Writer Michael Pollen's Belly Button

Microbiologist Ben Wolfe's Toes

Cheese-maker Seana Doughty's Mouth.

Researcher Christina Agapakis's Mouth

People's bodies were swabbed for microbes, which were planted on a petri dish.

Once harvested, they were used as a starter culture in cheese.

Interestingly enough, many of the microbial profiles between bodies and cheese match. In other words, there's a reason why good cheese stinks like feet.

Co.Design

Mmm, Cheese Cultured From Your Belly Button

Researchers just made food from microbes in the human body. Now that's locavore.

More and more, scientists and nutritionists acknowledge the importance of microbes within the human body—what’s known as the microbiome. Whether it’s in our stomach or on our skin, we rely on the intricate interplay of hundreds of different types of living bacteria, yeasts, fungi, and archaea to stay healthy. So even though we’ll never see it and combined, it accounts for all of 7 ounces of our body weight, we owe this defensive, supportive structure a huge gratitude (yet many of us attack it by dousing ourselves in Purell.)

Microbes also play a role in creating many of our staple fermented foods, like cheese. And so researcher Christina Agapakis and professor Sissel Tolaas teamed up on a synthetic biology project called Selfmade, a collection of 11 cheeses, produced not from random starter cultures, but the microbes within the bodies of other people. They’re what the team calls "microbial sketches," or portraits of someone’s microbiome, drawn in cheese.

"We wanted people to think about the body and about microbes in new ways," Agapakis explains, "to consider how different contexts can shape our understanding and emotions about bacteria so significantly."

Michael Pollan's belly button cheese.

Most apropos would be a cheese produced from the hugely influential locavore professor and writer, Michael Pollan, who volunteered his belly button be swabbed for the project. Other samples were volunteered from a nose, feet, and even tears before they were spread onto petri dishes to grow. Eventually, these microbes were harvested and used as starter cultures to produce extremely personal cheese that were placed into a gallery expedition.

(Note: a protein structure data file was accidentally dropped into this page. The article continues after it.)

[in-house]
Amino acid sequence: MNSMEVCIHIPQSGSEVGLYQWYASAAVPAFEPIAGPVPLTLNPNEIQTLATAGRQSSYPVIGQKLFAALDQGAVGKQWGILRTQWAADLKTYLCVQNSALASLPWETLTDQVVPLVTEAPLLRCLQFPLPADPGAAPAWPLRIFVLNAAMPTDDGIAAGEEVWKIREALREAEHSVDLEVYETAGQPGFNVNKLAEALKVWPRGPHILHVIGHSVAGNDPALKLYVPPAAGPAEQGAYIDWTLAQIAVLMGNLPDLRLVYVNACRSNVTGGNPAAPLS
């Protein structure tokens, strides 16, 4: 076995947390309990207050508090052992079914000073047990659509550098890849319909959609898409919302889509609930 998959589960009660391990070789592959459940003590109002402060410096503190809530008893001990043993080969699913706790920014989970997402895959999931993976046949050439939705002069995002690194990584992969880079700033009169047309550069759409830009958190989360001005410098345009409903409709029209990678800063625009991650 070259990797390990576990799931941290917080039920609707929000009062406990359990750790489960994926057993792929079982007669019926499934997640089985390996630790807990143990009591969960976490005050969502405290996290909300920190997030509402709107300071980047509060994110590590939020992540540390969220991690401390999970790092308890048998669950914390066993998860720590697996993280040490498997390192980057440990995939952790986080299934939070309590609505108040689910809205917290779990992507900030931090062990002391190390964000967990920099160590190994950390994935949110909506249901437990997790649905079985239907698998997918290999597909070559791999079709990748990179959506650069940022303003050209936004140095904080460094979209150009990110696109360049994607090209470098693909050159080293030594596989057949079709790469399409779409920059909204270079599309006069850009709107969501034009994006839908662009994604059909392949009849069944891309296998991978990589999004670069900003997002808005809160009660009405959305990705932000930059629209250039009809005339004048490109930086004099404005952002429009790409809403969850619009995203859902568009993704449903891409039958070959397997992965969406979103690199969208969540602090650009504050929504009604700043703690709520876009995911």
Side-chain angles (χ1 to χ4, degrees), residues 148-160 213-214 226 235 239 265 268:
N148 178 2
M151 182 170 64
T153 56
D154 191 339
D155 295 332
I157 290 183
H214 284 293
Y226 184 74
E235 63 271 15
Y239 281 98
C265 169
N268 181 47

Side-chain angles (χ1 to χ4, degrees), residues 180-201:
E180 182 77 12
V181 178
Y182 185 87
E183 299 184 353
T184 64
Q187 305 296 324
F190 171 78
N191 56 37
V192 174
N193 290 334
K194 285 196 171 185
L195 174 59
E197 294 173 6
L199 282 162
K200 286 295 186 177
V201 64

"To paraphrase Claude Lévi-Strauss, these aren't cheeses for eating but for thinking," Agapakis tells Co.Design. "While we've both tried small amounts of younger cheeses (they just taste like cheese!), the cheeses that we have in the gallery are not intended for human consumption."

When I ask Agapakis if it would be possible to commercialize a line of celebrity cheeses—to scale these cultures en masse, much like we see for Keifer or commercial yogurt production—in order to produce a Gaga gruyere or a Kanye colby, she’s hesitant to answer given that she has zero interest in commercialization.

"I think for real cheese production for eating there are so many complicated issues involved around microbes in terms of the flavor, how well the bacteria are adapted to life in milk, and there are of course many regulatory and safety issues involved," she says.

But if you look beyond the red tape, and focus on the science itself? The microbiomes of our feet resemble the microbiomes of cheese. So while you may not be tasting Pollan’s actual toejam any time soon, there’s a reason why good cheese stinks like feet.

See more here.

[Hat tip: dezeen]

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